The venue of Sunday night’s Fashion Showcase Wales was the quietly tucked away Coal Exchange, which narrowly missed out on being the home of the Welsh Assembly Government in the seventies. The building is almost lost in the new developments of Cardiff Bay and the shadow of the Wales Millenium Centre, but its understated grandeur perfectly suited the show’s eclectic and dramatic concepts.   

The event raised money for local homeless charity, Llamau, which works with socially excluded and vulnerable young people. The section called Fluorescent Adolescent was designed and created by some of the young people that Llamau has worked with.  Their models walked to Florence and the Machine’s  ‘Dog Days are Over’ in neon tutus, oversized bows in mis-match fabrics, and a pair of wet-look leggins bearing the big silver words ‘give me a freakin chance’. The show was as bold as the clothes, and the designs were customised on stage before the runway was flooded with dancers in neon suits. 

I spoke to Leah Davis from the Off the Cuff fashion agency, who said that the designs were all about self expression.

 Jasmine Mann is one of the top stylists at Vanilla Rooms salon, and helped create the Fluorescent Adolescent section with the young people through Llamau. She said,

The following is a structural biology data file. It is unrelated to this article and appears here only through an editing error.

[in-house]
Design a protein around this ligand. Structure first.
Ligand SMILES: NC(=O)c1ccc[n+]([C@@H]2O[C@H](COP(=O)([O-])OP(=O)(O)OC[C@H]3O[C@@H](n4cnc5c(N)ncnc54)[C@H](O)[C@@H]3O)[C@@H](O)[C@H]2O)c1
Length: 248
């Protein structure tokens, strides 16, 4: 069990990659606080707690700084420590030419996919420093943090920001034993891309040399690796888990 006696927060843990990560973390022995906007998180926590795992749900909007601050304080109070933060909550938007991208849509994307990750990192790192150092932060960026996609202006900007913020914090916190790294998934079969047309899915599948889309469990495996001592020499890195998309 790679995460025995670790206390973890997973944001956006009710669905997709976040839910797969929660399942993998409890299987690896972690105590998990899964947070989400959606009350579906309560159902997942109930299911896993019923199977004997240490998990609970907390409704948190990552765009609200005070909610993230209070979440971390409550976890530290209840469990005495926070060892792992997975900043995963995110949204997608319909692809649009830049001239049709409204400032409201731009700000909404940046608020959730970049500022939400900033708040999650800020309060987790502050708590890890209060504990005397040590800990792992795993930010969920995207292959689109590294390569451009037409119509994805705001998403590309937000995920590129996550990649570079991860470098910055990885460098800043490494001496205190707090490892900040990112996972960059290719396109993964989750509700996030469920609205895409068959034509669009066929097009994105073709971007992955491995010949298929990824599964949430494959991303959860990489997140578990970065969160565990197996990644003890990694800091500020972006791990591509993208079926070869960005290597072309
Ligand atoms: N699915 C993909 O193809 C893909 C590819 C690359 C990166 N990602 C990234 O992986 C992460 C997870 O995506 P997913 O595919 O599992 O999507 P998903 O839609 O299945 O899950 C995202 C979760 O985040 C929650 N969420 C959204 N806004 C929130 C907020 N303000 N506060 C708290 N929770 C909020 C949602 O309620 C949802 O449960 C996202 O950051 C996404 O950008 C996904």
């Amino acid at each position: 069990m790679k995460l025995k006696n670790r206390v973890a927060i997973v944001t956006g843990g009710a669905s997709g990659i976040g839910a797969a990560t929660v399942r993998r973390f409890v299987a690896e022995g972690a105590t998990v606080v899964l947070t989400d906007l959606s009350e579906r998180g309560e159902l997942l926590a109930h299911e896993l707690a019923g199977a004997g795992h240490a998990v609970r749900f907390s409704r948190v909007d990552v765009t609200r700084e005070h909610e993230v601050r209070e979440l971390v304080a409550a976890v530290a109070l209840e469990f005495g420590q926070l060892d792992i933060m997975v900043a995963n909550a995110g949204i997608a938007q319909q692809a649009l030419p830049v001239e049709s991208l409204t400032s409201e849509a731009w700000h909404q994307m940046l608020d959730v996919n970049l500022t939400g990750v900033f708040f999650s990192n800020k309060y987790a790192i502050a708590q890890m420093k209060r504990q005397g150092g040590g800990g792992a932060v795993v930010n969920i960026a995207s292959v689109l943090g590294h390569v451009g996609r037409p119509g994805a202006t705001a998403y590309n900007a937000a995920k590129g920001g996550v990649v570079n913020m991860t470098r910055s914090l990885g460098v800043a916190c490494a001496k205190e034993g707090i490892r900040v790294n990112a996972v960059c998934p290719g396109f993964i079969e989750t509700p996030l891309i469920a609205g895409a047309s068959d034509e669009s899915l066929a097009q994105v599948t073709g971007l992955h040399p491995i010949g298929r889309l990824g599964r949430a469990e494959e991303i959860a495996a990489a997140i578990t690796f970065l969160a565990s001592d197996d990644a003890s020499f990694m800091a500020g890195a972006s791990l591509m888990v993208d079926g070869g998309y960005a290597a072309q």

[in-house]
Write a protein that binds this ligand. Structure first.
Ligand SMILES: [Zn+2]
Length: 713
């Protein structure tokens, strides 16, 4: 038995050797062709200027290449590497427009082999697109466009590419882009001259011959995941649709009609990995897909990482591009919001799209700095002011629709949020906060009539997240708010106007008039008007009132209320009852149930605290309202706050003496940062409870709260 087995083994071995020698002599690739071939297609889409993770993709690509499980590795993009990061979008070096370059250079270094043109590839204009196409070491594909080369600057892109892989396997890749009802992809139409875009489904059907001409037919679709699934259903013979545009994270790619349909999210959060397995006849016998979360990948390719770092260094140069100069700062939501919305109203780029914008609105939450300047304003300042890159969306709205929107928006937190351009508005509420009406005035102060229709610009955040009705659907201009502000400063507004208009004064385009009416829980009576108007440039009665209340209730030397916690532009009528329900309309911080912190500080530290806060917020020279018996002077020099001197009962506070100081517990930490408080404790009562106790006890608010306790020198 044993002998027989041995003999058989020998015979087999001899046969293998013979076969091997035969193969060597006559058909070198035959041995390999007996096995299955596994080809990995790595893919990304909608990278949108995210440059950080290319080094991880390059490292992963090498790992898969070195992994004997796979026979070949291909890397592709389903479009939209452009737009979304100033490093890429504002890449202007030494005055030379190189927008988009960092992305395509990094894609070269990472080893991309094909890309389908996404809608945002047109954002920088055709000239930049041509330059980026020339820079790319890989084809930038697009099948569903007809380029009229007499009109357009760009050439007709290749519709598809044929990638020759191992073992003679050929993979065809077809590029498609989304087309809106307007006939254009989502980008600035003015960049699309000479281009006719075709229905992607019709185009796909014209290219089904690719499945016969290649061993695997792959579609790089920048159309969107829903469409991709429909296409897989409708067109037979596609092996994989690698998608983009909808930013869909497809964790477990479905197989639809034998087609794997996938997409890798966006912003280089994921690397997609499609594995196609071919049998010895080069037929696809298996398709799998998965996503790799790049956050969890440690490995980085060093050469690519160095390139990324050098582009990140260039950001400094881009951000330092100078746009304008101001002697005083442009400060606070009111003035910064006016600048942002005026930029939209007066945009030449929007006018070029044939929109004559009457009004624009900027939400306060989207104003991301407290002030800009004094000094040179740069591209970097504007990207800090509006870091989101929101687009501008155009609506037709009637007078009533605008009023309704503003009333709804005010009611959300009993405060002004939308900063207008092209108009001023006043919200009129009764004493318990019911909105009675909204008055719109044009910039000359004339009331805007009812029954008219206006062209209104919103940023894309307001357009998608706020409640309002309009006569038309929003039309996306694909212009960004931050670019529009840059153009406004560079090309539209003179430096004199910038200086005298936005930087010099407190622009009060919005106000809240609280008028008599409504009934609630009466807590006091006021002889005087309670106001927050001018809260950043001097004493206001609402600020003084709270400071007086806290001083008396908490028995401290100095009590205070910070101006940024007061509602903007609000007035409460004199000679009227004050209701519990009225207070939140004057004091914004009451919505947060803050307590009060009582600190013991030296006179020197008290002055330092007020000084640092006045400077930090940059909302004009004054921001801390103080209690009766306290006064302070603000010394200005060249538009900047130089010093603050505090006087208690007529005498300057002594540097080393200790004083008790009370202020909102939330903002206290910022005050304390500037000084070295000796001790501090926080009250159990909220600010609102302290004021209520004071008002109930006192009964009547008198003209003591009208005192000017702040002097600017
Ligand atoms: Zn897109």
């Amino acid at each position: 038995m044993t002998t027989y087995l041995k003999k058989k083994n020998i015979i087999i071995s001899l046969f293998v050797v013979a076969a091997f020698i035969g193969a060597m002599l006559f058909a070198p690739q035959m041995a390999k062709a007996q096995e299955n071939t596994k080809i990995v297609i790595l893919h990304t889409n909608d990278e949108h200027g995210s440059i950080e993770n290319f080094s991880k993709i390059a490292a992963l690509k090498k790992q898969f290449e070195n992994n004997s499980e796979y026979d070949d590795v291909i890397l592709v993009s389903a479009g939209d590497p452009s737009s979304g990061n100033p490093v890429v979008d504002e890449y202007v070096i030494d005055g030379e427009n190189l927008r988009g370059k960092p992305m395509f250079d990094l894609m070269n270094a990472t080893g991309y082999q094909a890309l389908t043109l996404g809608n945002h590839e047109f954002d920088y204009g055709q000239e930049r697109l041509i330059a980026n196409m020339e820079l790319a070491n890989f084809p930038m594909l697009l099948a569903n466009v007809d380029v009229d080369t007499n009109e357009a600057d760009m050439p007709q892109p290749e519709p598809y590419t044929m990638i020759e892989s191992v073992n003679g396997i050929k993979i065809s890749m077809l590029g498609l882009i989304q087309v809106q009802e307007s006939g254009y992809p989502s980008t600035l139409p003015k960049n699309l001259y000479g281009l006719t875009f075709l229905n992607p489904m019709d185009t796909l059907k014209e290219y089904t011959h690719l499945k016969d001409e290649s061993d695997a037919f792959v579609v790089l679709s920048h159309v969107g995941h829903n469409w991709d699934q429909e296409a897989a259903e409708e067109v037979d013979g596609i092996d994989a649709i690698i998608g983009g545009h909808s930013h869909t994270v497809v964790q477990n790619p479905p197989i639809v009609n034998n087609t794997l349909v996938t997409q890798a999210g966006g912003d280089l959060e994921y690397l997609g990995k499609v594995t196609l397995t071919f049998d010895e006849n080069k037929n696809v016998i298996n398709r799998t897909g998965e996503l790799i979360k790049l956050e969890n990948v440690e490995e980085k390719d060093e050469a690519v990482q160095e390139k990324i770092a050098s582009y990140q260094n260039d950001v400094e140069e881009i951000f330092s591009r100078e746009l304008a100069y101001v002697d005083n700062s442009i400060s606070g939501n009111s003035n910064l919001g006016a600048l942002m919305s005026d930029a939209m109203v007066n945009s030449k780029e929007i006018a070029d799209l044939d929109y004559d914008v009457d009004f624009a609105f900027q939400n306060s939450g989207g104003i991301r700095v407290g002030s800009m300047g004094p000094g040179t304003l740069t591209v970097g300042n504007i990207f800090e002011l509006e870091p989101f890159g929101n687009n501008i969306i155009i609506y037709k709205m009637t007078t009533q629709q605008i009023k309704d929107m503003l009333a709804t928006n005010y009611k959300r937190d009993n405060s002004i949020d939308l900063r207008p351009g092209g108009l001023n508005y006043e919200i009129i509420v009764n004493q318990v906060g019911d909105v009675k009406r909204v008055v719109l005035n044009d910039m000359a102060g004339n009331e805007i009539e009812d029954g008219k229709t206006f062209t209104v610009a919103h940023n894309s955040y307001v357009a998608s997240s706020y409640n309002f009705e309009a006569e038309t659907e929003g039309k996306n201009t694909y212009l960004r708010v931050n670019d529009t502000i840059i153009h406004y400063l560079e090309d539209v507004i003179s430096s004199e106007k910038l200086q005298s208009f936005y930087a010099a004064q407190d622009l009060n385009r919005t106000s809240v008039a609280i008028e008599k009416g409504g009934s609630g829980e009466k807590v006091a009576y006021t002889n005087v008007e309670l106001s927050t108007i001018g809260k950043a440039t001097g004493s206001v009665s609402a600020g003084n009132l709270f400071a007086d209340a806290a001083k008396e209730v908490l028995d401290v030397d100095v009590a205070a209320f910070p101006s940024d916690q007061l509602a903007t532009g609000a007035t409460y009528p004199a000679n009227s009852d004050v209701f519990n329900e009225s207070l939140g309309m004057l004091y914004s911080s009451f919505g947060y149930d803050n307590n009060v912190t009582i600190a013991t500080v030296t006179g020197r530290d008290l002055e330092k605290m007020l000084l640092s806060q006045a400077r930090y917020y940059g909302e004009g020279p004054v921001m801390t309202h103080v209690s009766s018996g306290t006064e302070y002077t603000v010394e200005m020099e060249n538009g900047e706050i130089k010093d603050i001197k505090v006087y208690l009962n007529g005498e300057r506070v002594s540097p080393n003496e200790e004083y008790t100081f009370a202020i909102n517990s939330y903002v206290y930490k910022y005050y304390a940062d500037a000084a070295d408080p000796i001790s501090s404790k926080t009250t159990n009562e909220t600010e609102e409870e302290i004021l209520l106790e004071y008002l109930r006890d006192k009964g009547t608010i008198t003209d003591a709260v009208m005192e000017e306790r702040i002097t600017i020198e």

“The first job was to put together mood boards, to see what they like and each outfit had to have a message from them, from their past, from where they saw their future going. We rummaged around charity shops and then it was just cutting them up and creating some outfits from there.

Initially the young people can be a little bit distant, it can be a bit difficult to break down their boundaries – they’re no different to any other teenagers you might come into contact with. The difference is they’ve just had a different start in life from the rest of us. But I think that gives them an edge – they’re witty and resilient. Creatively, I think they’re far superior to most other teenagers because you only get creativity through life experience.”


The show included a market place, with local companies selling vintage clothes and accessories and original printed t-shirts. Every corner of the hall had another fashionable curiosity for audience members to get as close as possible to the clothes.

See below for some suggestions of where you can go in Cardiff to get your hands on things like this…

The tone of the show was set by the first section, themed ‘Rock’. All the clothes were sourced from local charity shops, girl after girl wearing sleek monochromes and stilettos, their stomps accompanied on stage by local band The New 1920. Every element of the show had a thoughtful, homegrown twist.  


The other stands around the room respresented the other sections of the show – ‘Penny For Your Thoughts’, ‘Love is a Battlefield’ and ‘Spacebook’, with designs based around hopes and dreams, 1940s style and outer space. The clothes were created by young designers from across South Wales, and the styles were topped off by theatrical make-up students from Coleg Gwent.

The designers, who were (or still are) fashion students at Newport, Cardiff and Swansea universities cited inspirations like Banksy for his experimental approach in their unique designs.